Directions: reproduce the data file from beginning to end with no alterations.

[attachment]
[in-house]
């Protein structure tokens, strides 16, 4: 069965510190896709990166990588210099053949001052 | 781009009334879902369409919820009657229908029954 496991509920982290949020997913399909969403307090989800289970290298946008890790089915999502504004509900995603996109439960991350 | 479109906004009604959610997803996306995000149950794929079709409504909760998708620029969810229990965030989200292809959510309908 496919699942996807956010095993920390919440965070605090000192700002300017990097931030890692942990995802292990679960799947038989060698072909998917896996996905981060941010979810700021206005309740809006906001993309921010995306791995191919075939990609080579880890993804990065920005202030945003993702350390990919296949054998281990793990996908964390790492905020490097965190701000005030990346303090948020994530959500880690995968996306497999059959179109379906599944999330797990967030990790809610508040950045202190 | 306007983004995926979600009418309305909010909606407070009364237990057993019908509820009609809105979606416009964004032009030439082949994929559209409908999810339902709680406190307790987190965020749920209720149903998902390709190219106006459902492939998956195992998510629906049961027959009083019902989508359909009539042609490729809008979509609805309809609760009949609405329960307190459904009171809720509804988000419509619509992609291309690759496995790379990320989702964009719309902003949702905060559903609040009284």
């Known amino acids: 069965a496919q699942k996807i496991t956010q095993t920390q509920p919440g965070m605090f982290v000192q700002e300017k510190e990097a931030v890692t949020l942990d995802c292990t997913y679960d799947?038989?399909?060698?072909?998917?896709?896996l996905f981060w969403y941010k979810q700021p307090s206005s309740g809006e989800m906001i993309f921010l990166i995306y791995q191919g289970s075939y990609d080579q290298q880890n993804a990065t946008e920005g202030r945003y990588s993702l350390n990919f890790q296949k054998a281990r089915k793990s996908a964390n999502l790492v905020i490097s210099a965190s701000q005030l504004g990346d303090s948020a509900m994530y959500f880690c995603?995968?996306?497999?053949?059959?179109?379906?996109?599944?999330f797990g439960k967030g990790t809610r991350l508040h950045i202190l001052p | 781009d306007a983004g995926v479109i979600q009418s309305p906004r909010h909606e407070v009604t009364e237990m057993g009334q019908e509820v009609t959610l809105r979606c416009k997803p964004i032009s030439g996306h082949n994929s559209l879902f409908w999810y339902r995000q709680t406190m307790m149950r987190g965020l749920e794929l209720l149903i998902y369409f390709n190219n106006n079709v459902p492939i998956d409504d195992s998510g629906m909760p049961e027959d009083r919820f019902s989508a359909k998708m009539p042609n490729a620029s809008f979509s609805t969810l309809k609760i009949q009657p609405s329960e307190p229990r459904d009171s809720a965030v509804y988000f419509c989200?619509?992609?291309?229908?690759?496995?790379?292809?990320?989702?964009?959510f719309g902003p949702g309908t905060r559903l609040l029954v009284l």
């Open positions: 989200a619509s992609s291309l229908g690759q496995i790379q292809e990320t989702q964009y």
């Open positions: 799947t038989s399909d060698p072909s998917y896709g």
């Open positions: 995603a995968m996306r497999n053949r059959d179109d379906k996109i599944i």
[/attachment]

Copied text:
[in-house]
């Protein structure tokens, strides 16, 4: 069965510190896709990166990588210099053949001052 | 781009009334879902369409919820009657229908029954 496991509920982290949020997913399909969403307090989800289970290298946008890790089915999502504004509900995603996109439960991350 | 479109906004009604959610997803996306995000149950794929079709409504909760998708620029969810229990965030989200292809959510309908 496919699942996807956010095993920390919440965070605090000192700002300017990097931030890692942990995802292990679960799947038989060698072909998917896996996905981060941010979810700021206005309740809006906001993309921010995306791995191919075939990609080579880890993804990065920005202030945003993702350390990919296949054998281990793990996908964390790492905020490097965190701000005030990346303090948020994530959500880690995968996306497999059959179109379906599944999330797990967030990790809610508040950045202190 | 306007983004995926979600009418309305909010909606407070009364237990057993019908509820009609809105979606416009964004032009030439082949994929559209409908999810339902709680406190307790987190965020749920209720149903998902390709190219106006459902492939998956195992998510629906049961027959009083019902989508359909009539042609490729809008979509609805309809609760009949609405329960307190459904009171809720509804988000419509619509992609291309690759496995790379990320989702964009719309902003949702905060559903609040009284």
């Known amino acids: 069965a496919q699942k996807i496991t956010q095993t920390q509920p919440g965070m605090f982290v000192q700002e300017k510190e990097a931030v890692t949020l942990d995802c292990t997913y679960d799947?038989?399909?060698?072909?998917?896709?896996l996905f981060w969403y941010k979810q700021p307090s206005s309740g809006e989800m906001i993309f921010l990166i995306y791995q191919g289970s075939y990609d080579q290298q880890n993804a990065t946008e920005g202030r945003y990588s993702l350390n990919f890790q296949k054998a281990r089915k793990s996908a964390n999502l790492v905020i490097s210099a965190s701000q005030l504004g990346d303090s948020a509900m994530y959500f880690c995603?995968?996306?497999?053949?059959?179109?379906?996109?599944?999330f797990g439960k967030g990790t809610r991350l508040h950045i202190l001052p | 781009d306007a983004g995926v479109i979600q009418s309305p906004r909010h909606e407070v009604t009364e237990m057993g009334q019908e509820v009609t959610l809105r979606c416009k997803p964004i032009s030439g996306h082949n994929s559209l879902f409908w999810y339902r995000q709680t406190m307790m149950r987190g965020l749920e794929l209720l149903i998902y369409f390709n190219n106006n079709v459902p492939i998956d409504d195992s998510g629906m909760p049961e027959d009083r919820f019902s989508a359909k998708m009539p042609n490729a620029s809008f979509s609805t969810l309809k609760i009949q009657p609405s329960e307190p229990r459904d009171s809720a965030v509804y988000f419509c989200?619509?992609?291309?229908?690759?496995?790379?292809?990320?989702?964009?959510f719309g902003p949702g309908t905060r559903l609040l029954v009284l």
């Open positions: 989200a619509s992609s291309l229908g690759q496995i790379q292809e990320t989702q964009y």
């Open positions: 799947t038989s399909d060698p072909s998917y896709g």
């Open positions: 995603a995968m996306r497999n053949r059959d179109d379906k996109i599944i």